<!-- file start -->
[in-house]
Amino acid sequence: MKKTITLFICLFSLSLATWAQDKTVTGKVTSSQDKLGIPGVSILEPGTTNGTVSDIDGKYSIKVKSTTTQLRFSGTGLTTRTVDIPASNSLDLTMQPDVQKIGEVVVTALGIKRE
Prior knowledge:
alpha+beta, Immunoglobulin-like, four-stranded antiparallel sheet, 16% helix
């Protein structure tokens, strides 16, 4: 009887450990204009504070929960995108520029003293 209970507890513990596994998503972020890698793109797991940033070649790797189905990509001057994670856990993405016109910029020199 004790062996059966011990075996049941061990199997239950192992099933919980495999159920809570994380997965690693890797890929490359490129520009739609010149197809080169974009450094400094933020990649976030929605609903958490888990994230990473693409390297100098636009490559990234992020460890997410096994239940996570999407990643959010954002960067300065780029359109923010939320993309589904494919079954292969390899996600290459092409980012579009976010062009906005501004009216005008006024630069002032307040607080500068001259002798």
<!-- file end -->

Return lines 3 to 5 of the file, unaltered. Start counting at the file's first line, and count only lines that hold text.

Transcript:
Prior knowledge:
alpha+beta, Immunoglobulin-like, four-stranded antiparallel sheet, 16% helix
């Protein structure tokens, strides 16, 4: 009887450990204009504070929960995108520029003293 209970507890513990596994998503972020890698793109797991940033070649790797189905990509001057994670856990993405016109910029020199 004790062996059966011990075996049941061990199997239950192992099933919980495999159920809570994380997965690693890797890929490359490129520009739609010149197809080169974009450094400094933020990649976030929605609903958490888990994230990473693409390297100098636009490559990234992020460890997410096994239940996570999407990643959010954002960067300065780029359109923010939320993309589904494919079954292969390899996600290459092409980012579009976010062009906005501004009216005008006024630069002032307040607080500068001259002798």